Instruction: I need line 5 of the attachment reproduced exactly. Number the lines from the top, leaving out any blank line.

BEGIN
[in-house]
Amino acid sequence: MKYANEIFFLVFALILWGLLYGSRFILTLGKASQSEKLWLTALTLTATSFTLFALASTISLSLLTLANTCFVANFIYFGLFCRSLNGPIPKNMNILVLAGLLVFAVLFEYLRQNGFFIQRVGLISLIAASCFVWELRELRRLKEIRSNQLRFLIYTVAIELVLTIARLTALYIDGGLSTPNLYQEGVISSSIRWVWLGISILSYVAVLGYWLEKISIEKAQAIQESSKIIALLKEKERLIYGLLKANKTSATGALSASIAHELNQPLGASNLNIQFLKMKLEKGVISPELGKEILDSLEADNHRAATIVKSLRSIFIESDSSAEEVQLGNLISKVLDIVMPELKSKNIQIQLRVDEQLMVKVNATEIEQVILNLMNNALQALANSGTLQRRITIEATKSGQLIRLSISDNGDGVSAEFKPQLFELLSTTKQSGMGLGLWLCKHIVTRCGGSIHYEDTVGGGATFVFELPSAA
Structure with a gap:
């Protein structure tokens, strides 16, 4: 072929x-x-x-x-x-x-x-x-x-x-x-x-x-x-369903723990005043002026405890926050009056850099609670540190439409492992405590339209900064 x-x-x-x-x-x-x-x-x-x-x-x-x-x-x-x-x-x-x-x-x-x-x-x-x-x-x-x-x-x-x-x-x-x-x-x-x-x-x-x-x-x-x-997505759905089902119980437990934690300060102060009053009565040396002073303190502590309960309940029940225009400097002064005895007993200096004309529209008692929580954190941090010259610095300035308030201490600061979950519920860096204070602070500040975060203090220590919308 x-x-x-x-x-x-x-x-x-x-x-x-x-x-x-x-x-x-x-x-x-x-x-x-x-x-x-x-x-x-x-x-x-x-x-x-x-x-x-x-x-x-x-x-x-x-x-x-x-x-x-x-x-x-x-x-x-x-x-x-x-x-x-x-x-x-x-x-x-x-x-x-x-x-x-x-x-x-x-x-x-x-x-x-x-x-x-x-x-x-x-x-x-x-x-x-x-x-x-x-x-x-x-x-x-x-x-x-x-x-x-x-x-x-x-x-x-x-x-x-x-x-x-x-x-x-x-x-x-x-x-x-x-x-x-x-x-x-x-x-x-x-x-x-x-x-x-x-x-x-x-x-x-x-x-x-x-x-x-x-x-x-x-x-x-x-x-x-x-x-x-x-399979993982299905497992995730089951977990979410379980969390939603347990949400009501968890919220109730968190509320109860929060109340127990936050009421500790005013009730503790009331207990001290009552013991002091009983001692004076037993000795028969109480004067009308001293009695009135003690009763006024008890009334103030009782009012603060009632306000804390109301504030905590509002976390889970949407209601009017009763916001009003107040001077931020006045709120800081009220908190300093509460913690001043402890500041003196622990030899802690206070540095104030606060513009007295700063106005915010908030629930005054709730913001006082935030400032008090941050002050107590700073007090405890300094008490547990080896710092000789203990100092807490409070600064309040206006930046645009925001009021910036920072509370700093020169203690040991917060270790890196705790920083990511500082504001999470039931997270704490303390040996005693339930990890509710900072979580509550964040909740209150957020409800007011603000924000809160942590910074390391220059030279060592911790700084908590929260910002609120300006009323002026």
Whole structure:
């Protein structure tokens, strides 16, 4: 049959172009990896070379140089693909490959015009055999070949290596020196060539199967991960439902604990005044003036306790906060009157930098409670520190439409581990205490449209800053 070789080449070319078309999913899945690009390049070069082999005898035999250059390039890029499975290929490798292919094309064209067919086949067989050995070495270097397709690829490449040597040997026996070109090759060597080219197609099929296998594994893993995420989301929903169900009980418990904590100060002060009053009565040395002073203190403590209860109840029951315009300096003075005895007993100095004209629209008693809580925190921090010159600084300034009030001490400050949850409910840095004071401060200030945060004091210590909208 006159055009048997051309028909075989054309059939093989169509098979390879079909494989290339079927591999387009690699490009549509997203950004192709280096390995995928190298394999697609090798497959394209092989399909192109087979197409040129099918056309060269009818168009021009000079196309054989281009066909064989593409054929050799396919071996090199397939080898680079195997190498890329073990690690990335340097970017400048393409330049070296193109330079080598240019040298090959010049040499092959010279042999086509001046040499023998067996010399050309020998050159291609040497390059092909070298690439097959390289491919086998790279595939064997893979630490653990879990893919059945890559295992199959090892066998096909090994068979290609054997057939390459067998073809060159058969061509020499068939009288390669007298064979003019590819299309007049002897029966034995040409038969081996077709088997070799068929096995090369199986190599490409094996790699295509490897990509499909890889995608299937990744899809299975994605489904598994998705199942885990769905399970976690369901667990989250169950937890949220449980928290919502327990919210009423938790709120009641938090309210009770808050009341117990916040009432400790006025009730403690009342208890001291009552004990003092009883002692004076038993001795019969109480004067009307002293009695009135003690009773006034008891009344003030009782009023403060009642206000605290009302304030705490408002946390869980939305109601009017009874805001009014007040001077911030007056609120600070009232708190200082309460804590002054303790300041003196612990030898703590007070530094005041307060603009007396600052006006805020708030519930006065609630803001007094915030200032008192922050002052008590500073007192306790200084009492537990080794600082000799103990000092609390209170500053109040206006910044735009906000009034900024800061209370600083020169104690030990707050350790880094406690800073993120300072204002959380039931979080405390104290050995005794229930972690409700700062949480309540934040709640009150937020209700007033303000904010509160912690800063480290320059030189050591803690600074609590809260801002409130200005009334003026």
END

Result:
Whole structure: